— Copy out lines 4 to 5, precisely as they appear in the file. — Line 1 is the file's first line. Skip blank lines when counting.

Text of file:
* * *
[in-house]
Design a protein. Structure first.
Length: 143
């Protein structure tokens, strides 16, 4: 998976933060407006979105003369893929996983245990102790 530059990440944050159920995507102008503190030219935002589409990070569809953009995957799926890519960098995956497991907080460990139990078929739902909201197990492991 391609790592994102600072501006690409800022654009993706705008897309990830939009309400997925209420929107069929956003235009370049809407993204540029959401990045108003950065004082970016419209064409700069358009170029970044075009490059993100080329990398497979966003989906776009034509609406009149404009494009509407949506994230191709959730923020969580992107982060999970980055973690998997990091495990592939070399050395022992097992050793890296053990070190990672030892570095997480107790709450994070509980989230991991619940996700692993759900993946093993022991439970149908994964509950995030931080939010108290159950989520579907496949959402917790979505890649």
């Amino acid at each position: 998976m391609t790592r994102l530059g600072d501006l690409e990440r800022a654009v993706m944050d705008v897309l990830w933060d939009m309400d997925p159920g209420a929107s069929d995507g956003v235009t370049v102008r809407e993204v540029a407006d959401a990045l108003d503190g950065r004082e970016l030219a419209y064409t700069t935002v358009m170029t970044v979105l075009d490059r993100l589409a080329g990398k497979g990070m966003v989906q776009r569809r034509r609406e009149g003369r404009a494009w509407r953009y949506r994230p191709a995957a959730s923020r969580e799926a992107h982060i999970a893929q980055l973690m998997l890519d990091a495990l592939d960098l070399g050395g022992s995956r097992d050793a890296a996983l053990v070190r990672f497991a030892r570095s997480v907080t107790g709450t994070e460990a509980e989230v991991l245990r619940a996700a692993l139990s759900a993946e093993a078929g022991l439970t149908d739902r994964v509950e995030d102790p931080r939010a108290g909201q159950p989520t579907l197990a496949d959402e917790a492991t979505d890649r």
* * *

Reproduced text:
């Protein structure tokens, strides 16, 4: 998976933060407006979105003369893929996983245990102790 530059990440944050159920995507102008503190030219935002589409990070569809953009995957799926890519960098995956497991907080460990139990078929739902909201197990492991 391609790592994102600072501006690409800022654009993706705008897309990830939009309400997925209420929107069929956003235009370049809407993204540029959401990045108003950065004082970016419209064409700069358009170029970044075009490059993100080329990398497979966003989906776009034509609406009149404009494009509407949506994230191709959730923020969580992107982060999970980055973690998997990091495990592939070399050395022992097992050793890296053990070190990672030892570095997480107790709450994070509980989230991991619940996700692993759900993946093993022991439970149908994964509950995030931080939010108290159950989520579907496949959402917790979505890649």
């Amino acid at each position: 998976m391609t790592r994102l530059g600072d501006l690409e990440r800022a654009v993706m944050d705008v897309l990830w933060d939009m309400d997925p159920g209420a929107s069929d995507g956003v235009t370049v102008r809407e993204v540029a407006d959401a990045l108003d503190g950065r004082e970016l030219a419209y064409t700069t935002v358009m170029t970044v979105l075009d490059r993100l589409a080329g990398k497979g990070m966003v989906q776009r569809r034509r609406e009149g003369r404009a494009w509407r953009y949506r994230p191709a995957a959730s923020r969580e799926a992107h982060i999970a893929q980055l973690m998997l890519d990091a495990l592939d960098l070399g050395g022992s995956r097992d050793a890296a996983l053990v070190r990672f497991a030892r570095s997480v907080t107790g709450t994070e460990a509980e989230v991991l245990r619940a996700a692993l139990s759900a993946e093993a078929g022991l439970t149908d739902r994964v509950e995030d102790p931080r939010a108290g909201q159950p989520t579907l197990a496949d959402e917790a492991t979505d890649r």